Henley offers 24 events across multiple boat classes for rowers of both genders from junior through collegiate and club to national squad levels. In 2019, the Regatta attracted 660 entries of which a quarter were from outside the UK. Qualifying races whittled the entry down to 354 crews to contest the 330 races. This intense competition means that getting to the start line for a first-round heat is an achievement in itself.
Return to the small screen
Since being shown on the BBC in the 1960s, apart from a brief experiment in the early 1980s to show racing on closed-circuit screens in the grandstands, the regatta has not been screened for 50+ years.
When Neil Chugani, who had previously worked at Sky and the BBC, was elected a steward at the end of 2012, he was asked to investigate the options for broadcasting the Regatta.
The unrivalled reach of YouTube was identified as the quickest way to share Henley with the rowing community worldwide while enabling the Regatta to retain editorial control. The initiative was signed-off by the Committee of Management shortly after five-times Olympic champion Steve Redgrave became chairman.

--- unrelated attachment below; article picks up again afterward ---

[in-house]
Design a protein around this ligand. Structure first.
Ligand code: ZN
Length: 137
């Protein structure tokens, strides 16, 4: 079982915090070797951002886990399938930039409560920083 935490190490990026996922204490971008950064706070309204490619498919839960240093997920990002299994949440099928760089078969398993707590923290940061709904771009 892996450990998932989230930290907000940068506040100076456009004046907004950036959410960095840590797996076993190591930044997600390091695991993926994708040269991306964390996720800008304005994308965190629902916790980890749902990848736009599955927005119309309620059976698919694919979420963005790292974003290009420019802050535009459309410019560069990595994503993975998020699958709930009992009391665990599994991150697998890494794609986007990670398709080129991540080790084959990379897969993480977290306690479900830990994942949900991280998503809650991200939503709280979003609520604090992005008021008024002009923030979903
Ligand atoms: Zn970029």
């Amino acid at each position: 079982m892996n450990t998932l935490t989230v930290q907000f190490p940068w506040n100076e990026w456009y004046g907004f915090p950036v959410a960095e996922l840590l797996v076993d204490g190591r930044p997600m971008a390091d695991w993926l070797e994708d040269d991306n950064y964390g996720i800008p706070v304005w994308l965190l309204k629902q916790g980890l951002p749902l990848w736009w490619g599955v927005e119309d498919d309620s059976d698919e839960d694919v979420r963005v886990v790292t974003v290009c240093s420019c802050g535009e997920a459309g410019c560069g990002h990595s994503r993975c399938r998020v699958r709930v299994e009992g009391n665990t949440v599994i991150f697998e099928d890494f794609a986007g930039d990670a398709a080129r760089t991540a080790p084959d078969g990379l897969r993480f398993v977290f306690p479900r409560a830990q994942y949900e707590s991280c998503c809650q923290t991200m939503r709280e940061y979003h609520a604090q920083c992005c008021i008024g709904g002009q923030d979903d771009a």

“Henley Royal Regatta has been a passion project for Sunset+Vine.” Andrew Preece, Sunset+Vine
Chugani led the search for a production partner. Experience of covering water-based sports gained on yachting’s America’s Cup was one factor in the appointment of Sunset+Vine.
“Henley Royal Regatta has been a passion project for Sunset+Vine ever since we first set foot on the snow-clad banks of the River Thames five years ago to begin developing the camera plan!” says executive director Andrew Preece. He worked closely with Chugani, Redgrave and four-times Olympic champion, steward, umpire and BBC sports broadcast journalist Matt Pinsent to arrive at a plan that allowed the racing to be presented as competitors experienced it and with production values that reflected Henley’s status and traditions.
- Read more: The challenges of niche sports production